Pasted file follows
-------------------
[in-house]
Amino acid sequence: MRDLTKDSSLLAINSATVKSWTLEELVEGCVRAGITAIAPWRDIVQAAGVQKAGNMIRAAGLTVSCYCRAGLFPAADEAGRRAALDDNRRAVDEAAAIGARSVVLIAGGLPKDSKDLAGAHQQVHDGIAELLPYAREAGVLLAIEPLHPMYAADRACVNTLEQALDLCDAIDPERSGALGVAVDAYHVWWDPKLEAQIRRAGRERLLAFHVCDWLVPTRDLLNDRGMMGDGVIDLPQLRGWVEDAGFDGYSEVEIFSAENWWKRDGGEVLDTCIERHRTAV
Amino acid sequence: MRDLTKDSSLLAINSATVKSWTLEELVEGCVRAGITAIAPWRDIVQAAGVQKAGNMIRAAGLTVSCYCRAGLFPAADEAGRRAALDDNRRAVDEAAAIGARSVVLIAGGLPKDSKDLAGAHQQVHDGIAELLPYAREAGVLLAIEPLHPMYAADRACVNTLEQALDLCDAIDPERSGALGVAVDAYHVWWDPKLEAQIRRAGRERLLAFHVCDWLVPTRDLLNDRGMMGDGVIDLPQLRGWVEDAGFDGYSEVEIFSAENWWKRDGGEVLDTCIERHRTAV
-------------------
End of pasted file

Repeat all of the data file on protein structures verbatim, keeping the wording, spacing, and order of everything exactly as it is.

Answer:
[in-house]
Amino acid sequence: MRDLTKDSSLLAINSATVKSWTLEELVEGCVRAGITAIAPWRDIVQAAGVQKAGNMIRAAGLTVSCYCRAGLFPAADEAGRRAALDDNRRAVDEAAAIGARSVVLIAGGLPKDSKDLAGAHQQVHDGIAELLPYAREAGVLLAIEPLHPMYAADRACVNTLEQALDLCDAIDPERSGALGVAVDAYHVWWDPKLEAQIRRAGRERLLAFHVCDWLVPTRDLLNDRGMMGDGVIDLPQLRGWVEDAGFDGYSEVEIFSAENWWKRDGGEVLDTCIERHRTAV
Amino acid sequence: MRDLTKDSSLLAINSATVKSWTLEELVEGCVRAGITAIAPWRDIVQAAGVQKAGNMIRAAGLTVSCYCRAGLFPAADEAGRRAALDDNRRAVDEAAAIGARSVVLIAGGLPKDSKDLAGAHQQVHDGIAELLPYAREAGVLLAIEPLHPMYAADRACVNTLEQALDLCDAIDPERSGALGVAVDAYHVWWDPKLEAQIRRAGRERLLAFHVCDWLVPTRDLLNDRGMMGDGVIDLPQLRGWVEDAGFDGYSEVEIFSAENWWKRDGGEVLDTCIERHRTAV